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The U.S. Allows Chevron Limited Energy Operations in Venezuela

The logo and trading information for Chevron is displayed on a screen on the floor of the New York Stock Exchange (NYSE) in New York City, U.S., June 27, 2022. REUTERS/Brendan McDermid


Chevron confirmed Saturday that the U.S. Treasury Department had granted Chevron a new license with limited authorization to resume pumping oil from Venezuela.


The license was issued after a series of negotiations between representatives of Venezuela’s authoritarian president, Nicolás Maduro, and the Venezuelan opposition in Mexico on Saturday after a year-long stalemate. They reached a solution in which billions in government funds frozen abroad could be transferred to a humanitarian fund administered by the United Nations. Chevron was then given a 6-month license, which the U.S. may revoke at any time. Any profits from this deal will go to repaying the debt to Chevron and not the Maduro regime.


“GL 41 [license] authorizes activity related to Chevron’s joint ventures in Venezuela only and does not authorize other activity with PdVSA. Other Venezuela-related sanctions and restrictions imposed by the United States remain in place; the United States will vigorously enforce these sanctions and will continue to hold accountable any actor that engages in corruption, violates U.S. laws, or abuses human rights in Venezuela,” said Treasury Department said in a release.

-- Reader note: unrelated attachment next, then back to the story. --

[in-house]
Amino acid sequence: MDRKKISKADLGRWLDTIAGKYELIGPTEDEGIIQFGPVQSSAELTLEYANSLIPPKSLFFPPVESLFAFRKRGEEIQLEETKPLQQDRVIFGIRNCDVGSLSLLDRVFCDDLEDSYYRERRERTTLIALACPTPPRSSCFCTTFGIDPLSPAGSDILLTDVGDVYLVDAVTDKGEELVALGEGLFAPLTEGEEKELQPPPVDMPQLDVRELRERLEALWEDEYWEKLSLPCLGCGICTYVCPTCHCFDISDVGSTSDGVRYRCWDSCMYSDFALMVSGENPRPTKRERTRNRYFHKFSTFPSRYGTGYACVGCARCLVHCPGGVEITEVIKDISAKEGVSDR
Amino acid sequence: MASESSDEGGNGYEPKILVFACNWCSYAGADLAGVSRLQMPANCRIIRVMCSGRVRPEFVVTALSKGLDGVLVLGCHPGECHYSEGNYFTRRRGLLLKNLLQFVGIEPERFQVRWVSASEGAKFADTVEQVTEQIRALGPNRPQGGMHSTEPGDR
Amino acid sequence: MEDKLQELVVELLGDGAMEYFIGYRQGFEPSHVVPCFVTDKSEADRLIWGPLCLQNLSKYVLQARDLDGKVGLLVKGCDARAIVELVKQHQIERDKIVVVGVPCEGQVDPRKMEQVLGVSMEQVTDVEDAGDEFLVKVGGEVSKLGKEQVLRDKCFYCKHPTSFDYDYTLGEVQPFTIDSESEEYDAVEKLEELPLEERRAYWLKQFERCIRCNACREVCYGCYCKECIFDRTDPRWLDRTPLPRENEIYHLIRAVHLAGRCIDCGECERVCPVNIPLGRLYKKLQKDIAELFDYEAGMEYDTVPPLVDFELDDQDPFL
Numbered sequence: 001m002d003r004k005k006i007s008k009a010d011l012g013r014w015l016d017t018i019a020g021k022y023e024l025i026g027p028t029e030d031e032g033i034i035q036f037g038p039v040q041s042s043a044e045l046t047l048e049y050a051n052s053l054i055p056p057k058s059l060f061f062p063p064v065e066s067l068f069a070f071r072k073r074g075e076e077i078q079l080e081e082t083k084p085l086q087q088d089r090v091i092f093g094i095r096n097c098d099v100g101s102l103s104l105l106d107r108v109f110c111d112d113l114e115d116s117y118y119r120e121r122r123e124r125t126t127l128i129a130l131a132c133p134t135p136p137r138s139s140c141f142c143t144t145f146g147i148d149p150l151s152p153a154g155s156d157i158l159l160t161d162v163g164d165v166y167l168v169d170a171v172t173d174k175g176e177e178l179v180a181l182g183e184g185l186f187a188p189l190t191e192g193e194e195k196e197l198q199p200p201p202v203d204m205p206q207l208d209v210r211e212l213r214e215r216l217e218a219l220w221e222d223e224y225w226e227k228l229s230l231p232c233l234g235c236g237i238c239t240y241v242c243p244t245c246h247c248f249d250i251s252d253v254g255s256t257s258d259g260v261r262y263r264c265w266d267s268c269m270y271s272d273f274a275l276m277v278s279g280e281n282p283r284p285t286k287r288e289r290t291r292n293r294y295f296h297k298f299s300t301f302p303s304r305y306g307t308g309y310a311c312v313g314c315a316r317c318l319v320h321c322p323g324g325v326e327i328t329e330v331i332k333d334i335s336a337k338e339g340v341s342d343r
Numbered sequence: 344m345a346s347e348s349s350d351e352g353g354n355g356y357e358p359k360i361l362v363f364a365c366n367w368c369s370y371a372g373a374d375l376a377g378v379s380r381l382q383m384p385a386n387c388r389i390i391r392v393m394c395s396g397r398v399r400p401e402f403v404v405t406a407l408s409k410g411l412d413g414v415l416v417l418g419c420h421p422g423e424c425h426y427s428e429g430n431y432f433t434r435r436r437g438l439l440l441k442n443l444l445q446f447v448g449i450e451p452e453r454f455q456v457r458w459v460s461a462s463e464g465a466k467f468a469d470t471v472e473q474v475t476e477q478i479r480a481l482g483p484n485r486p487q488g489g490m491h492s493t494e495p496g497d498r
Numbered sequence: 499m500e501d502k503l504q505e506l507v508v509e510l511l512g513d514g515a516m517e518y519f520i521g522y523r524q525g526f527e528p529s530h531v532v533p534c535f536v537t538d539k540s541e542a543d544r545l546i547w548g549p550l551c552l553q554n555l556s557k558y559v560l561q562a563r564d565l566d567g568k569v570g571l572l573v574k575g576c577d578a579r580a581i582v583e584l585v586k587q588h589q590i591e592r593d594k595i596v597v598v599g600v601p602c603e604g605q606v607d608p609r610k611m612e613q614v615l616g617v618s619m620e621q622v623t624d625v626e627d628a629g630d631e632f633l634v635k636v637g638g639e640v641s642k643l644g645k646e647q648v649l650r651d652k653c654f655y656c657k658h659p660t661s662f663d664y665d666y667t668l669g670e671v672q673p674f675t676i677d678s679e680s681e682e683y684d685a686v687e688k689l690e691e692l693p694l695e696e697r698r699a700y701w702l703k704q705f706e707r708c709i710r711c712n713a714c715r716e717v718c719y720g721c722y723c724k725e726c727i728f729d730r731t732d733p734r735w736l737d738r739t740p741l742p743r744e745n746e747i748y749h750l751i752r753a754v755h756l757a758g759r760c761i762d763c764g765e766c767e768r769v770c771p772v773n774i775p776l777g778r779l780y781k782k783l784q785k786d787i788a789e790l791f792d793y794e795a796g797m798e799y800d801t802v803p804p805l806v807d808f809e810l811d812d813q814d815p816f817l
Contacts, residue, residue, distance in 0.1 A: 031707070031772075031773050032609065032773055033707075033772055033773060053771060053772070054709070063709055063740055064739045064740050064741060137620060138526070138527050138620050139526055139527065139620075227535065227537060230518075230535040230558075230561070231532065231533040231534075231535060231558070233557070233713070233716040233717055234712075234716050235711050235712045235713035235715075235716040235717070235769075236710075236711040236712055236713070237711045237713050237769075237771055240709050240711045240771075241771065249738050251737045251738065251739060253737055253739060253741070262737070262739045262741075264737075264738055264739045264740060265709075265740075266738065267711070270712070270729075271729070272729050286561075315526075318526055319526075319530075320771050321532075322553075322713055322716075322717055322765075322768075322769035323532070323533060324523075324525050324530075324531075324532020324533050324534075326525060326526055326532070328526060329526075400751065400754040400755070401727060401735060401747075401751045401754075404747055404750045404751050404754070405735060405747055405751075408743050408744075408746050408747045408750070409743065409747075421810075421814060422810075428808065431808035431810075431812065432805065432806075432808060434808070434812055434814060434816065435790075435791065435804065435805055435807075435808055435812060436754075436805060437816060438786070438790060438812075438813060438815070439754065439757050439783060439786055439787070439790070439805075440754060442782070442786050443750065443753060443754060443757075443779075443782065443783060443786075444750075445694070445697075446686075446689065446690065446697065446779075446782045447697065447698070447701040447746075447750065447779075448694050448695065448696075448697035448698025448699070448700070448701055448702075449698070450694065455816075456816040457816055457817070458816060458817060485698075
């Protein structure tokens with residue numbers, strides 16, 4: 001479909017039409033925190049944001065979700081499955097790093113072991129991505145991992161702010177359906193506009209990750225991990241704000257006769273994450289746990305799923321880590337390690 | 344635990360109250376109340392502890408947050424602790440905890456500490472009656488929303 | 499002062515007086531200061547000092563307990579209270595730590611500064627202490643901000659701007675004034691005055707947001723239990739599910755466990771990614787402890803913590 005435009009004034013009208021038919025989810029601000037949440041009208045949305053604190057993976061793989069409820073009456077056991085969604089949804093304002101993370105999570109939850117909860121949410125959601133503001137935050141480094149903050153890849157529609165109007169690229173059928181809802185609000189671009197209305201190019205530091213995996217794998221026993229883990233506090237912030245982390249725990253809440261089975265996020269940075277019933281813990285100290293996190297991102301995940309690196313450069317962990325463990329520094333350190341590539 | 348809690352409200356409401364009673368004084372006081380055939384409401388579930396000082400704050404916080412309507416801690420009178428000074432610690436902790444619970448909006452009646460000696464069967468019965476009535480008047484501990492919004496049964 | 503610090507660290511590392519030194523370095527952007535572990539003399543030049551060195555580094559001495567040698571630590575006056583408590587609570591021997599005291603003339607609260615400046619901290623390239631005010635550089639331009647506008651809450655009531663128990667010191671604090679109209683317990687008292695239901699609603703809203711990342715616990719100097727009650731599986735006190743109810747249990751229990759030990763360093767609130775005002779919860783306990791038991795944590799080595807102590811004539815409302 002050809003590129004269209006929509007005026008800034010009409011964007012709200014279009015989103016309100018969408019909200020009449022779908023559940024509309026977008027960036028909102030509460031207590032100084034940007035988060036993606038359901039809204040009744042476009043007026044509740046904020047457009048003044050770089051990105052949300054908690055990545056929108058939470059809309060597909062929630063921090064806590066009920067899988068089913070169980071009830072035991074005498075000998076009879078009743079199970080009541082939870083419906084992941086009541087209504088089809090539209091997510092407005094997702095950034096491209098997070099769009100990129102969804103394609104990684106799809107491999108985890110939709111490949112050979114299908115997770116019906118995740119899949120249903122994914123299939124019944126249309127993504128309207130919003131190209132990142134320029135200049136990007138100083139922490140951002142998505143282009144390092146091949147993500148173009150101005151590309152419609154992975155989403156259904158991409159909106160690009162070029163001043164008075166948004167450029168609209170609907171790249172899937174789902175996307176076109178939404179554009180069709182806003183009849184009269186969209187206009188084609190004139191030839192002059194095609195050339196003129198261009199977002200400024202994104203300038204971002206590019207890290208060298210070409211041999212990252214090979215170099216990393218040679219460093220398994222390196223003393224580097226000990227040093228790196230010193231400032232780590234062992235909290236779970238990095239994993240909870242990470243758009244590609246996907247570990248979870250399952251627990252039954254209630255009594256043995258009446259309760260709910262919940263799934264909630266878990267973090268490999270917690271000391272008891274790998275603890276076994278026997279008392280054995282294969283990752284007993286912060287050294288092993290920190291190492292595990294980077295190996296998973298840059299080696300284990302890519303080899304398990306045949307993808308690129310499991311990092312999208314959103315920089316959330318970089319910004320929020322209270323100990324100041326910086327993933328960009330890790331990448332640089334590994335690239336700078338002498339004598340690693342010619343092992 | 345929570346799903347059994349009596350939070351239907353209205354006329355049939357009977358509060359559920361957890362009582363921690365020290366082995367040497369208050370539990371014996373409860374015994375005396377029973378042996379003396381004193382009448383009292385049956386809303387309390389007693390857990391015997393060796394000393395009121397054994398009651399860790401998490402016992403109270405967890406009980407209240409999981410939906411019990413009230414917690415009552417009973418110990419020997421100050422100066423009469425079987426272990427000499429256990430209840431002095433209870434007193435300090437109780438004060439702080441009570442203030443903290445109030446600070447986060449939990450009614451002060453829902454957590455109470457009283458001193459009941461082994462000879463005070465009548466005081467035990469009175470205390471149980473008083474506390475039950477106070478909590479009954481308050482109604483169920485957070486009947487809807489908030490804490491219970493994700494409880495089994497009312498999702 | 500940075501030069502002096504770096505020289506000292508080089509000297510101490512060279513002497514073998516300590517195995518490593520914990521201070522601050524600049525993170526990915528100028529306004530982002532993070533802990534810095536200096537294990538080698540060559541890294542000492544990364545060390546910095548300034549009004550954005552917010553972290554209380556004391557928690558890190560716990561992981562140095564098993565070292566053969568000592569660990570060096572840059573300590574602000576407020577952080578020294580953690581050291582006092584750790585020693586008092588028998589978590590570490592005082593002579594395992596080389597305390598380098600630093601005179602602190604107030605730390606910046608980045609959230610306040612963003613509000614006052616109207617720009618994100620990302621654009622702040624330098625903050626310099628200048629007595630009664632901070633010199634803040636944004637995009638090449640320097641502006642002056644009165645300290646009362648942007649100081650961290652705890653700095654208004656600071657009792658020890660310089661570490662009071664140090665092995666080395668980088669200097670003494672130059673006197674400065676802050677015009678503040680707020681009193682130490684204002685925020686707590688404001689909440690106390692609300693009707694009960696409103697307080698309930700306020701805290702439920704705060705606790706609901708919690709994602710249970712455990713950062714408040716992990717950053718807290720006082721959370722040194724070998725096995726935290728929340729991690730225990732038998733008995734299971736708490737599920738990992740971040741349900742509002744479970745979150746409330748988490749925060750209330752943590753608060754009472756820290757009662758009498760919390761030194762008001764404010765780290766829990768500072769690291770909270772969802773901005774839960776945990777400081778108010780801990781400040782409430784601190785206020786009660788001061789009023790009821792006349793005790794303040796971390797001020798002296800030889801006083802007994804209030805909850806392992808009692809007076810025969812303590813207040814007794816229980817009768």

The Treasury also said this decision reflects “longstanding U.S. policy to provide targeted sanctions relief based on concrete steps that alleviate the suffering of the Venezuelan people and support the restoration of democracy.”


The Chevron deal would allow the company to expand operations at a few projects it already runs with Venezuela’s state oil company, PDVSA, and the ability to import Venezuelan oil to the United States amid rising gas prices. 


Venezuela has 304 billion barrels of proven oil reserves, the largest proven oil reserves of any nation, according to the BP Review of World Energy 2020. But the country has struggled to take advantage of the reserves due to U.S. sanctions and a lack of funds to invest in production.


After U.S. sanctions halted all drilling activities almost three years ago, the Biden administration is taking steps to ease tensions between the American and Venezuelan governments. 


Chevron said in a statement that the Treasury’s move “brings added transparency to the Venezuelan oil sector.” The company also added that the decision “means Chevron can now commercialize the oil that is currently being produced from the company’s Joint Venture assets. We are determined to remain a constructive presence in the country and to continue supporting social investment programs aimed at providing humanitarian relief.”


A senior Biden administration official described Saturday’s Chevron deal as “important steps in the right direction” but that there was still “a long way” to go in resolving Venezuela’s complex economic, political and humanitarian crisis.

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